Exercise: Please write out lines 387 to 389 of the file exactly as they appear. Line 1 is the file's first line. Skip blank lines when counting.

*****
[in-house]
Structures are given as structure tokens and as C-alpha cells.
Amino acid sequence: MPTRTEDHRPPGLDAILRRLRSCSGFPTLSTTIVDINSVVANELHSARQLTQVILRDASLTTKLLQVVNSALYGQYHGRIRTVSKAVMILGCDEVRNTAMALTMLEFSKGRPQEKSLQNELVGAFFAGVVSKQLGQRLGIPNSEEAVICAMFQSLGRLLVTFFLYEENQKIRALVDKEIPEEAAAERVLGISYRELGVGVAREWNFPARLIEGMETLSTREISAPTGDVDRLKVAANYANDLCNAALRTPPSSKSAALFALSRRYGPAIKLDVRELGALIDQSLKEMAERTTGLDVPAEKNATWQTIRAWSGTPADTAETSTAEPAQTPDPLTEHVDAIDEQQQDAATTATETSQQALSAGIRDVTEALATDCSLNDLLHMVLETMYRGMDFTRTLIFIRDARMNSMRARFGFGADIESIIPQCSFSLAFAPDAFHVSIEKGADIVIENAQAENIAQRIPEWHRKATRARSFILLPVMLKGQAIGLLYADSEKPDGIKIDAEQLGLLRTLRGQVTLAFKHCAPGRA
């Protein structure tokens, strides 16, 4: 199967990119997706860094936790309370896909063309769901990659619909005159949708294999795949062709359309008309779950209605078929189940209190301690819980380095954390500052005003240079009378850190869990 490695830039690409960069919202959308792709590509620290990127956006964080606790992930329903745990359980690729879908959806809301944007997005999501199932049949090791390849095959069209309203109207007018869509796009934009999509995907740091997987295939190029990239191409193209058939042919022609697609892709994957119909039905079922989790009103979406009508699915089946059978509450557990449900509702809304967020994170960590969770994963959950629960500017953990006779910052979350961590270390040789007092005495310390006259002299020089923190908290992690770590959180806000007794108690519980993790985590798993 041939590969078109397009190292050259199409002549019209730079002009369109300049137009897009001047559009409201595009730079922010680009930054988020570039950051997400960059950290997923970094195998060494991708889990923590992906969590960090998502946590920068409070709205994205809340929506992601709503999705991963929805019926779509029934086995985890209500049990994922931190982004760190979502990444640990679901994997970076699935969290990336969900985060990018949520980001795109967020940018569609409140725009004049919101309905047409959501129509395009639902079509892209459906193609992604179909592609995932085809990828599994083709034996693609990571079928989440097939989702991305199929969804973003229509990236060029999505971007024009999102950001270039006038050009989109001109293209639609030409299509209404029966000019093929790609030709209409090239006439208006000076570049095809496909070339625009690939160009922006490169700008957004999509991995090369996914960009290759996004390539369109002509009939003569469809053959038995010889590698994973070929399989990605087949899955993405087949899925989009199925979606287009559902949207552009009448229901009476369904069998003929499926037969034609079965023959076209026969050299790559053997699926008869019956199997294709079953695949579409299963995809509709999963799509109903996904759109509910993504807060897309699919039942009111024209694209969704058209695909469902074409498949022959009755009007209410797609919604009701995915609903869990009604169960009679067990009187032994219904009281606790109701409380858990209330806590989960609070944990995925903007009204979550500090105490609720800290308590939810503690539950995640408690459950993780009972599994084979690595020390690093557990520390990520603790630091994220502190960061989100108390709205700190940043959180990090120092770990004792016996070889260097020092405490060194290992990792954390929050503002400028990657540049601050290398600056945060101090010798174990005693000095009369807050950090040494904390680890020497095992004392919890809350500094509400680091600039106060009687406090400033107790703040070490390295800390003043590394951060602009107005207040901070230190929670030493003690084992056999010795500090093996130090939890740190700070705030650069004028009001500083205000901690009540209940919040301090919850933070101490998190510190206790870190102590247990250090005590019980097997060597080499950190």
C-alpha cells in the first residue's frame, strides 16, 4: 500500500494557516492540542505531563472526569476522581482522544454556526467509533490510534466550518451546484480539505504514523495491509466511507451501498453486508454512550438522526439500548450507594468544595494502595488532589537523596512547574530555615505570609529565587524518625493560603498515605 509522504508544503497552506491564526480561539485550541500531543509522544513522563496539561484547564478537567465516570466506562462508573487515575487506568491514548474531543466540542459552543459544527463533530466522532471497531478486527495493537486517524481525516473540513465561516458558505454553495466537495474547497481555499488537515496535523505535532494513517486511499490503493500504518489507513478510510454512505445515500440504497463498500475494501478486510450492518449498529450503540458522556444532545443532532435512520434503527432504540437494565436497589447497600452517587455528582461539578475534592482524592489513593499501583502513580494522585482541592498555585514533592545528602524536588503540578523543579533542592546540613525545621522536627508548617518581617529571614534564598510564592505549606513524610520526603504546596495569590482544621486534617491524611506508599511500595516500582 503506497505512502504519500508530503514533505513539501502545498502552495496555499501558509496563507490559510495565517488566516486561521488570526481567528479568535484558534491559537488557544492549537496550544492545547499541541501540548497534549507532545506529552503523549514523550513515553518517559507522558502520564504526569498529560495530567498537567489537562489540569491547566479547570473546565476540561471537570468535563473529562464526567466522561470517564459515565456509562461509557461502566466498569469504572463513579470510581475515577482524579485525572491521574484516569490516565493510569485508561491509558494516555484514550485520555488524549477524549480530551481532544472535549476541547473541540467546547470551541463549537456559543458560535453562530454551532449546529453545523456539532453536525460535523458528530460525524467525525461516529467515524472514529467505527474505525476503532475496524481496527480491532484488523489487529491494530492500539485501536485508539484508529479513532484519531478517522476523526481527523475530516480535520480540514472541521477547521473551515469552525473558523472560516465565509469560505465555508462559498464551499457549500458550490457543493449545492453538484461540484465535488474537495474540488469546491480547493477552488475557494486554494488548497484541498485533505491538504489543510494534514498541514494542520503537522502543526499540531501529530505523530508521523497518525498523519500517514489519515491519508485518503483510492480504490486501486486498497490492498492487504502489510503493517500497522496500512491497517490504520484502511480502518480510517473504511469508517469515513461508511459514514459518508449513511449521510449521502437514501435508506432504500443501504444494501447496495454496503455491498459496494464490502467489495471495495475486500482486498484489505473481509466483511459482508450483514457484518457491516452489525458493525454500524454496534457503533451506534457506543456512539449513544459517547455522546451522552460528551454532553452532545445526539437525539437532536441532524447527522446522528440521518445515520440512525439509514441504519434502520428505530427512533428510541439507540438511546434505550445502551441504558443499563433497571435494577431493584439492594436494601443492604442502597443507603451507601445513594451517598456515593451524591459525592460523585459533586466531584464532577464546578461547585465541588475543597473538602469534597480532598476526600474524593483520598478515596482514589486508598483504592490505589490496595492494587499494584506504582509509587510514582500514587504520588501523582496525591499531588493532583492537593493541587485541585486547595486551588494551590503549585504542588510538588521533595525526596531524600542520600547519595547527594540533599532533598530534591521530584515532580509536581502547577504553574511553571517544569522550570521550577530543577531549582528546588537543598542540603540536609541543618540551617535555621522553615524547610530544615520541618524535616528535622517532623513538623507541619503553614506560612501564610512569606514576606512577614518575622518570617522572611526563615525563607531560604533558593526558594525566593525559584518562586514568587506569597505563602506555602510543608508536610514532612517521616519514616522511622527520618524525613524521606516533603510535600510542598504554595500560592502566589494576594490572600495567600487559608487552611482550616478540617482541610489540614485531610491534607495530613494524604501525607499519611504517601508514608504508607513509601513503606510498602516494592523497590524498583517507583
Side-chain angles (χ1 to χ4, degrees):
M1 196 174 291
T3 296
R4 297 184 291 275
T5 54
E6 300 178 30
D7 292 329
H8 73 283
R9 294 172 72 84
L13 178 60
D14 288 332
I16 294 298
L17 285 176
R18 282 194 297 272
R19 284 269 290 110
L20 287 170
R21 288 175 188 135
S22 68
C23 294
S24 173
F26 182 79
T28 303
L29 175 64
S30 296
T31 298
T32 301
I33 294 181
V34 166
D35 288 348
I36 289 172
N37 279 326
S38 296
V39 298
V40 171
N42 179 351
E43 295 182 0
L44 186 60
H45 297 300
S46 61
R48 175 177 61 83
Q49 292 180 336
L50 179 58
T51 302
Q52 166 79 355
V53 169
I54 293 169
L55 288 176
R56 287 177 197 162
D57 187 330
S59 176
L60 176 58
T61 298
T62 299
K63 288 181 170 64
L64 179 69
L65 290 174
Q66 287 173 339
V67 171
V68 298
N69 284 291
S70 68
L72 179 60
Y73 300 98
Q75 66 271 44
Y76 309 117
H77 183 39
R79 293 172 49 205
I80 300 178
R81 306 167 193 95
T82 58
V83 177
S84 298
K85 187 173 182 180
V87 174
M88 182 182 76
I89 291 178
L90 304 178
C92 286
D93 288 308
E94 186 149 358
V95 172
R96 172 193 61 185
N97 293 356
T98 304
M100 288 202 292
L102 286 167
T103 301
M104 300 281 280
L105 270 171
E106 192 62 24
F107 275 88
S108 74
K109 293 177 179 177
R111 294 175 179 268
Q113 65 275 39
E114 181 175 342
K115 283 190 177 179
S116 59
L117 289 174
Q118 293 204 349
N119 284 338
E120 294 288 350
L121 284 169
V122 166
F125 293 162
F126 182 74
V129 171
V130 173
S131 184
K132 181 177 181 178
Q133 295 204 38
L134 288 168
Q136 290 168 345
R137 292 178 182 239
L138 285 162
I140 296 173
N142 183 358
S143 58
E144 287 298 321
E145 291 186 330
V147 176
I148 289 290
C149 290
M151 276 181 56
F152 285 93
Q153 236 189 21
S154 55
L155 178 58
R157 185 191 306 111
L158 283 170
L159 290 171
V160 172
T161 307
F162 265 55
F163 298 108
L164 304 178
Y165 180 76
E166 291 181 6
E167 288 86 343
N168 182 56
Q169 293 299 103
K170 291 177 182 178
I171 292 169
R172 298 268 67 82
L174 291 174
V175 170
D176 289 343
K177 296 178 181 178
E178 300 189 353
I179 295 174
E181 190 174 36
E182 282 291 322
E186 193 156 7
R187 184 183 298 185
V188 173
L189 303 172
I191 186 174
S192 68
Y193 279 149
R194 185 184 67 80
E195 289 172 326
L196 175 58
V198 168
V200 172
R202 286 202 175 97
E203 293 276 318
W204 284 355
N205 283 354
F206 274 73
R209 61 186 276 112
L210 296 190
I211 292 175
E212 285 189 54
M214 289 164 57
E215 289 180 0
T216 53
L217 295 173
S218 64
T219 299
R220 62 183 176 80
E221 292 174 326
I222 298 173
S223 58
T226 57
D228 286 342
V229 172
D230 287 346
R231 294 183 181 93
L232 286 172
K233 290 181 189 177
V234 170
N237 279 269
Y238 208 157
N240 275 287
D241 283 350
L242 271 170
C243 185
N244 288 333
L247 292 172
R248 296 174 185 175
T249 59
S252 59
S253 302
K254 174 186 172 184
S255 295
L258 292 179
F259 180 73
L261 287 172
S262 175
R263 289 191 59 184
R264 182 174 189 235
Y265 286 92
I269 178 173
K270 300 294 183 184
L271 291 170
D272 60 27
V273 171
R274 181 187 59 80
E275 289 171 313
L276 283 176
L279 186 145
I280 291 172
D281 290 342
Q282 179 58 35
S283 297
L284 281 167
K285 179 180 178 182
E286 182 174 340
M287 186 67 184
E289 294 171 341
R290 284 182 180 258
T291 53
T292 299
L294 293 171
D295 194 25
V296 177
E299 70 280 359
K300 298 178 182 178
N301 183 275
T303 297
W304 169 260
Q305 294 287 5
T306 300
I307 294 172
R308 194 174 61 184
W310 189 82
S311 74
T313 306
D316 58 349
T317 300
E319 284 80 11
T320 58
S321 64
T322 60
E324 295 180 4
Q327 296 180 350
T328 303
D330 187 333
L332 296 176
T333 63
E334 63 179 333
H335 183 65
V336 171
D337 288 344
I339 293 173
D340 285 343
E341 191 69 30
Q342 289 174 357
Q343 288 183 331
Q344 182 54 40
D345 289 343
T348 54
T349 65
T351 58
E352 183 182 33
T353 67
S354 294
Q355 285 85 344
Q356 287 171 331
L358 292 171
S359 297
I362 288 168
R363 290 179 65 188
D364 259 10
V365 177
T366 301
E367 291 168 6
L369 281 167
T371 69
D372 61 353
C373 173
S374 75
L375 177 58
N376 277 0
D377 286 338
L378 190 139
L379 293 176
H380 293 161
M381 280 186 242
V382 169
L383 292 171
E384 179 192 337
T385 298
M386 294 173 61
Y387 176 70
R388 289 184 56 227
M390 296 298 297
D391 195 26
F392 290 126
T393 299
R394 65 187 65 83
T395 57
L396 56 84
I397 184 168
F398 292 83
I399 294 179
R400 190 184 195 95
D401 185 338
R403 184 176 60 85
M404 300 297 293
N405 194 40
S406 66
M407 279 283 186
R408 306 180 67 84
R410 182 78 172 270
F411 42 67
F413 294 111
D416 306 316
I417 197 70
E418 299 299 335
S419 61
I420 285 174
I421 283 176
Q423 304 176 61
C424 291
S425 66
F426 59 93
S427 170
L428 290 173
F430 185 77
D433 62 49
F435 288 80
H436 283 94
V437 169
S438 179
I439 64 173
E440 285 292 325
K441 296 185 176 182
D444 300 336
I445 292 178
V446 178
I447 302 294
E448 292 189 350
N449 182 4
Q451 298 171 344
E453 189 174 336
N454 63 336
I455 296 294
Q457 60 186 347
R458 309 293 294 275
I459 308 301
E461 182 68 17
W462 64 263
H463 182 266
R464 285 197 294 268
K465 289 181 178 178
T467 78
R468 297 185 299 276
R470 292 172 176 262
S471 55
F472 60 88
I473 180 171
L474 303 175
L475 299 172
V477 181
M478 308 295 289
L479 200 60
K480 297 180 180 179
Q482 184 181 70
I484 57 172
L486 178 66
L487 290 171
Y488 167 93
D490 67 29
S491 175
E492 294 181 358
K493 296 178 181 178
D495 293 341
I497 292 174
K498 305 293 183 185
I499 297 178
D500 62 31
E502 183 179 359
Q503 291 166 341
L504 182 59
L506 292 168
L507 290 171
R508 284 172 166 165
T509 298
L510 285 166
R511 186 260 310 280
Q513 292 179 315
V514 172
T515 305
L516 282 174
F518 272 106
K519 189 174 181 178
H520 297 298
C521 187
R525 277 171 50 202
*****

L487 290 171
Y488 167 93
D490 67 29